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Computational Biology & Autoimmunity

Illinois Ignite 2020 has ended.  However, if you are interested in seeing the recording of a presentation(s), please email Nicole Nair, 



Sandeep Jain
University of Illinois at Chicago

Immunotherapy for Dry Eye Disease (DED)

Sandeep Jain is a clinician-scientist and a Professor of Ophthalmology at the UIC Department of Ophthalmology. He is the Director of the UIC Dry Eye and ocular Graft-Vs-Host Disease clinic. He also directs the Corneal Translational Biology Laboratory in the Department. His research work is funded by the National Eye Institute/NIH and has led to numerous publications in professional journals as well as development of drugs for treating ocular GVHD that are in phase I/II clinical trials. He has received numerous awards and recognition, including UIC’s Inventor of the Year Award for his Dry Eye and ocular GVHD drug discoveries, UIC’s Departmental Faculty of the Year Award and Clinician-Scientist Award from Research to Prevent Blindness. He has been named one of America’s Best Doctors® since 2007 and has received the American Academy of Ophthalmology’s Achievement Award. Dr. Jain is the founder of UIC’s “goGVHD Fund” which seeks to provide novel treatments to all patients with ocular GVHD who need them, irrespective of their ability to pay and to lead the next generation of innovation to cure this disease.

Startup: Selagine, Inc --  developing novel topical biologic immunotherapies for treatment inflammatory dry eye diseases such as Sjögren’s syndrome.

Yamuna Krishnan
University of Chicago

Introducing Eysa Subcellular Diagnostics: Sub-Cellular Nanotechnology for Early Detection of Alzheimer's Disease

Yamuna Krishnan builds quantitative chemical maps of organelle lumens using the tools of bionanotechnology. The dysfunction of lysosomes, organelles that engulf and degrade nutrients and cell debris in most living cells, is associated with several human ailments, including Alzheimer's disease and Parkinson's disease, as well as certain rare genetic disorders. With this technology, her work is looking to classify diseases such as Alzheimer’s into different sub-types and then start looking at specific drugs for specific sub-types. She is the recipient of numerous awards including the 2017 Infosys Prize and Shanti Swarup Bhatnagar Award for Chemical Sciences. She is also the co-founder and Chief Scientific Officer of Esya Labs.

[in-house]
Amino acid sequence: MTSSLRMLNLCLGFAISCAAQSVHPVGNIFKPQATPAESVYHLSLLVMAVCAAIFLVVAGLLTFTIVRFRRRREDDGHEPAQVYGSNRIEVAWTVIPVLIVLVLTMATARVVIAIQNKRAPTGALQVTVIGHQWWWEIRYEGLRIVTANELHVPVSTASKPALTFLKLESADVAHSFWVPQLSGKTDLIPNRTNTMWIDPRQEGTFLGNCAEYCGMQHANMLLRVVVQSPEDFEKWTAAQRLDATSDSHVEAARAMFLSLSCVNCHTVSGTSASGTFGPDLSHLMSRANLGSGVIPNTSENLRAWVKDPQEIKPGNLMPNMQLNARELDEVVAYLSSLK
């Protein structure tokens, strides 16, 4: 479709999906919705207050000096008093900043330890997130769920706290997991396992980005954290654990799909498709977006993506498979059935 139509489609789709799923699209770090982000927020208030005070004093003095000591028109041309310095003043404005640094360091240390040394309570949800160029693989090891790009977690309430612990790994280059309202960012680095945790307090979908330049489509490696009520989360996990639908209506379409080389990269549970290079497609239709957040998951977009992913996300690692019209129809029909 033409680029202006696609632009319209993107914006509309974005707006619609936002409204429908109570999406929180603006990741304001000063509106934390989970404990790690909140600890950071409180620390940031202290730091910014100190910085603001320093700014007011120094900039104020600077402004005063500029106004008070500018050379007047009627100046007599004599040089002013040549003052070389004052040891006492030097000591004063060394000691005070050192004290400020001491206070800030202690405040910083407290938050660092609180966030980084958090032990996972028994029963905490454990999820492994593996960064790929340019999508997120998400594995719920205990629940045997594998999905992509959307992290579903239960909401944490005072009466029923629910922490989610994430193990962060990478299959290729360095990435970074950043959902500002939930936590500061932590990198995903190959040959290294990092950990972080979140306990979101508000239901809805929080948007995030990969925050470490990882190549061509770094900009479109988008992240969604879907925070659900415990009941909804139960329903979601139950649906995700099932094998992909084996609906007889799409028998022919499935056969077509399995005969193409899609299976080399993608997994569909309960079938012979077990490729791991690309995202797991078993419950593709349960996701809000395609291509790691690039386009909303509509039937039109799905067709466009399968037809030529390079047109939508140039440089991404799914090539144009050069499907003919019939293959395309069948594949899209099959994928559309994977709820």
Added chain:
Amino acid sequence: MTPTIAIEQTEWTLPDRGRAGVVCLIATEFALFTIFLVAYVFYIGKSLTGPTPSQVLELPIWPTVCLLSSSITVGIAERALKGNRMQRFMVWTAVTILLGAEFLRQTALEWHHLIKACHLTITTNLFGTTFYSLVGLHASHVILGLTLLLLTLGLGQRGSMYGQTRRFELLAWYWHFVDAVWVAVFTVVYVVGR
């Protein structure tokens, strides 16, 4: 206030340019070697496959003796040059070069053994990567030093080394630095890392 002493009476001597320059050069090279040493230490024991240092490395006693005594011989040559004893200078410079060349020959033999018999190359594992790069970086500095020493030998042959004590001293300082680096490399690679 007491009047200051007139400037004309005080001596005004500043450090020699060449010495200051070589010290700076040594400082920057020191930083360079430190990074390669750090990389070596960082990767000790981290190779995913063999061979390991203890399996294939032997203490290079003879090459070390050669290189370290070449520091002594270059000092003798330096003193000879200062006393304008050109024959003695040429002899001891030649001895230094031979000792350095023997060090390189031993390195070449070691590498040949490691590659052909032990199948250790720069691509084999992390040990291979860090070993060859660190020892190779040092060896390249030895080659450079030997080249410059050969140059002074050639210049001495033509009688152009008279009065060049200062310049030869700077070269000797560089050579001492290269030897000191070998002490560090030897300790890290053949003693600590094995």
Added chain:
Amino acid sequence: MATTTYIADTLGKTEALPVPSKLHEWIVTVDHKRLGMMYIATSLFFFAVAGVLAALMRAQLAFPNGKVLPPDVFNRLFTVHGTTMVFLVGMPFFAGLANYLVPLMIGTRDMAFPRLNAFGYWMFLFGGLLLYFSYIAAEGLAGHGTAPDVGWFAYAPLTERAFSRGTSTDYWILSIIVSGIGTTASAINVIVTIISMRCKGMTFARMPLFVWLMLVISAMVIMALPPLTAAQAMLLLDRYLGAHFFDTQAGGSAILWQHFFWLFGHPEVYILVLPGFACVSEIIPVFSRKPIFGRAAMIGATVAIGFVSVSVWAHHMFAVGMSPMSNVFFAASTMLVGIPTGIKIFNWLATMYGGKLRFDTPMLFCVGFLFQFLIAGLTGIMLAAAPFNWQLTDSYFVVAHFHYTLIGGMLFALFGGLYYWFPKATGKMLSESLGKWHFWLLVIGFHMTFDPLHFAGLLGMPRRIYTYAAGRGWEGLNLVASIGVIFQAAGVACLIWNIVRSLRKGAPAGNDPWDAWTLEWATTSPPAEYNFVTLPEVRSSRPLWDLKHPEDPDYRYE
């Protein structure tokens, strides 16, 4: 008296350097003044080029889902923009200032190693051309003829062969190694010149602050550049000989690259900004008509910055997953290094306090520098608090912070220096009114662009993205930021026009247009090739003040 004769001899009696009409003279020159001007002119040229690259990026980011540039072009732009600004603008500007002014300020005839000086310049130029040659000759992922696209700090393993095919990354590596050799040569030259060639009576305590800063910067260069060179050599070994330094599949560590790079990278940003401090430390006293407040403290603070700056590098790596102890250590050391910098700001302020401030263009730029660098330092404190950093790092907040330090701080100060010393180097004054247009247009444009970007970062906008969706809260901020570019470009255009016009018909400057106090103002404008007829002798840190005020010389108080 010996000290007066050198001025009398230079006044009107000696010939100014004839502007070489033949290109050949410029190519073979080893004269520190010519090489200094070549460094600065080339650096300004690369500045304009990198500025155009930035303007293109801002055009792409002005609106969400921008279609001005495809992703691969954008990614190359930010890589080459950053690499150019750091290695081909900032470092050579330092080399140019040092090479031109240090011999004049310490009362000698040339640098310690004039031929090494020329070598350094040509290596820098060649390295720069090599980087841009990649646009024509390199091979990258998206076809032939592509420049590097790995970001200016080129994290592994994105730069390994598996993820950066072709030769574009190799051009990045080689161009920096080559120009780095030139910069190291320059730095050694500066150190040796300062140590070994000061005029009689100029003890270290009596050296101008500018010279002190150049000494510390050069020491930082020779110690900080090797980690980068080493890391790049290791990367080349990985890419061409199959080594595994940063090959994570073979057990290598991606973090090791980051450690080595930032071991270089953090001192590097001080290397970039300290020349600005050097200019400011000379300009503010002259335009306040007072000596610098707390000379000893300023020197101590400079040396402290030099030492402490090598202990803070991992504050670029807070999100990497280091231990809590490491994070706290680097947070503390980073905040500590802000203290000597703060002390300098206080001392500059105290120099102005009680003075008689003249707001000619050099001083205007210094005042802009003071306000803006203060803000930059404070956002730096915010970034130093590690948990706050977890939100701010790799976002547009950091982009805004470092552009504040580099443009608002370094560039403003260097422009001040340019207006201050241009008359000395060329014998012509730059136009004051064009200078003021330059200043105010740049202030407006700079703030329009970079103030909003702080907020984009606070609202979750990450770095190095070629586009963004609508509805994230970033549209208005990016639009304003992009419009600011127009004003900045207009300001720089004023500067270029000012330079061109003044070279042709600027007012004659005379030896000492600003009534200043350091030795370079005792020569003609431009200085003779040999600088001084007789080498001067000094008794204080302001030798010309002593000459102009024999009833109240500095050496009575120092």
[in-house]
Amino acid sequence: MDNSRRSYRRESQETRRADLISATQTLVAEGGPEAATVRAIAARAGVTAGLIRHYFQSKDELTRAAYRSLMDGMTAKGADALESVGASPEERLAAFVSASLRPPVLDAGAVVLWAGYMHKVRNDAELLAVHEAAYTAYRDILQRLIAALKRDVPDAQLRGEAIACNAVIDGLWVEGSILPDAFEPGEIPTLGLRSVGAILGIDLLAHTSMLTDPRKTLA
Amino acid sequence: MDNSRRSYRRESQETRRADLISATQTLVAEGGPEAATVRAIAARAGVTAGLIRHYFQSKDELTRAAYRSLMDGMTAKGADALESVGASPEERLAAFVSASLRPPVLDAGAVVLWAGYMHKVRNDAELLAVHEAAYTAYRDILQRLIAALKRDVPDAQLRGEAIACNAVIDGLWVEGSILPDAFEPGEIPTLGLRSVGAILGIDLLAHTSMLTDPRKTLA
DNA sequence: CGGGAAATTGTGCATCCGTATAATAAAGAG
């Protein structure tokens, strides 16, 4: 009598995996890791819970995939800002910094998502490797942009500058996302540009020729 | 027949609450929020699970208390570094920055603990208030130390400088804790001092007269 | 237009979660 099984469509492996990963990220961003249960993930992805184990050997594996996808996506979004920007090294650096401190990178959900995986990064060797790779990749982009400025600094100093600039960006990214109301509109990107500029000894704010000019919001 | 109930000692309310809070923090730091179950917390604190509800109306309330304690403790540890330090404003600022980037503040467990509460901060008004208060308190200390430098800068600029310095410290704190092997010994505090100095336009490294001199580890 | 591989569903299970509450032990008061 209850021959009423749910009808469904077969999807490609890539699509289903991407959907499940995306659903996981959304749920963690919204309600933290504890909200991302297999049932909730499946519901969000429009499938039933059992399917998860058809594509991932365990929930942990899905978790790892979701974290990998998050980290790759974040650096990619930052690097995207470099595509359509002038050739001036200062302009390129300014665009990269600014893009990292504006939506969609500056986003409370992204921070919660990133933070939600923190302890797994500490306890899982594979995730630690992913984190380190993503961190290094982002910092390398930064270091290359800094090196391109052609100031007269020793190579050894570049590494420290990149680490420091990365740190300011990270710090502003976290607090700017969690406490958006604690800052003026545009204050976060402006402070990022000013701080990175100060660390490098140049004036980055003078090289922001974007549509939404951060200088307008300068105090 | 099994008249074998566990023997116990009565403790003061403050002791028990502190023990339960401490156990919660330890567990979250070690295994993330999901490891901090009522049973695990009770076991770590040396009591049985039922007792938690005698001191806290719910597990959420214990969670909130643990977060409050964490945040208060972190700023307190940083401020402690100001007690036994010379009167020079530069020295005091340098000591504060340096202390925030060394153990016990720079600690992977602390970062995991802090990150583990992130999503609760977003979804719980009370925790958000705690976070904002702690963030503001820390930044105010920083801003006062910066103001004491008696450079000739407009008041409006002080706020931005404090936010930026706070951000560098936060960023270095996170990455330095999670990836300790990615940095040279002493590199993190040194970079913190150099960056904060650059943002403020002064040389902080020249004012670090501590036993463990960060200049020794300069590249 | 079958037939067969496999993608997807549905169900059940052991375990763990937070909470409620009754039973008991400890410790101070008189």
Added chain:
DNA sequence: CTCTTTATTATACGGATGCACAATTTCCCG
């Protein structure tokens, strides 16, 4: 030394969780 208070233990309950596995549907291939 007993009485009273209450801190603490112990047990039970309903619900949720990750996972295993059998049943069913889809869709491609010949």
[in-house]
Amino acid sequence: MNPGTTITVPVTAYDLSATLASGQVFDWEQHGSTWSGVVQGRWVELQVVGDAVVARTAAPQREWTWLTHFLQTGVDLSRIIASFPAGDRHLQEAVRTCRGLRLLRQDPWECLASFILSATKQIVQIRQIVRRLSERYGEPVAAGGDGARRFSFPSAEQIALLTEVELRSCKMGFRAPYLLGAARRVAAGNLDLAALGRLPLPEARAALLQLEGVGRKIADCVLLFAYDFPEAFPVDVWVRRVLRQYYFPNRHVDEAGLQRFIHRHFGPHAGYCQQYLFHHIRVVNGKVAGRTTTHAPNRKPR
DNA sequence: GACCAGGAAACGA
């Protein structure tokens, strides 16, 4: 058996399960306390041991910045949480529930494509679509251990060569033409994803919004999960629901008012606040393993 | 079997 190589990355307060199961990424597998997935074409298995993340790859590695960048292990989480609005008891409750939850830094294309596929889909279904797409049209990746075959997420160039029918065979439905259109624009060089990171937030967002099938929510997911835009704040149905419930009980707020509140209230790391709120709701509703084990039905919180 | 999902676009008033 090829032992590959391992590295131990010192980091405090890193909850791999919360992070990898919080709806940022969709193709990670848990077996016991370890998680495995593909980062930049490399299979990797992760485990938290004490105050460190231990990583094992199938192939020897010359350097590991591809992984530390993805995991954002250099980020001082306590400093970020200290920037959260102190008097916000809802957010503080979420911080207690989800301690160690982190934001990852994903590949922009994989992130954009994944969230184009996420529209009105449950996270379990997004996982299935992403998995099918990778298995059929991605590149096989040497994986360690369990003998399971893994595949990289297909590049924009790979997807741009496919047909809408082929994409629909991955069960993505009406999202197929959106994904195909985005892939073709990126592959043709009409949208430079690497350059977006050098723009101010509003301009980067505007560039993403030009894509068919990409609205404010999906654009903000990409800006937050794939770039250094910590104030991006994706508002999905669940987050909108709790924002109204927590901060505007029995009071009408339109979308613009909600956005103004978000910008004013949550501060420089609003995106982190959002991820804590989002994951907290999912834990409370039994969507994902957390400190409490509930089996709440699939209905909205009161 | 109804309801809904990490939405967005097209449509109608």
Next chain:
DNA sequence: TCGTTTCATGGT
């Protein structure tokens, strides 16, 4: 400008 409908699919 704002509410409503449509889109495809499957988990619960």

Startup: Esya Labs' mission is the early, precise, and cost-effective detection of neurodegenerative diseases. It’s core diagnostics product will be the world’s first blood test for early detection of Lysosomal disorders.

Caroline Le Poole

DNA Based Treatment of Vitiligo Using TT-01

Caroline Le Poole is focused on developing immunotherapy for the treatment of melanoma and its counterpart vitiligo, as well as other conditions where melanoma-associated antigens come into play. She founded Temprian Therapeutics, which has designed and implemented therapeutics that target the etiology of vitiligo. In 2019, Temprian was selected as one of 12 finalists to pitch at the Science to Startup event in Cambridge, MA. In 2020, Temprian was selected as one of 12 international finalists for the Nature Research Spinoff Prize. 

Startup: Temprian Therapeutics -- developing a new, efficient way to treat vitiligo by injecting DNA coding for a modified heat shock protein HSP70i to stop the autoimmune response

Erik Procko
University of Illinois at Urbana-Champaign

Biologics Engineering: Drugs Against Viral Diseases

Erik Procko develops ‘Big Data’ tools for deep mutational scanning of transmembrane proteins in mammalian cells, including the HIV-1 envelope fusion protein. From this unprecedented mutational data, it is possible to map ligand binding sites to conserved regions in the sequence and infer putative conformational states. His lab is currently focused on three membrane protein systems: neurotransmitter transporters associated with psychiatric disease, G protein-coupled receptors in the immune and nervous systems (including receptors for taste, chemokines and HIV-1 entry), and the HIV-1 envelope fusion protein. There is an emphasis on using the data for biomedical purposes, including mapping drug interaction sites and engineering new transmembrane proteins with altered properties.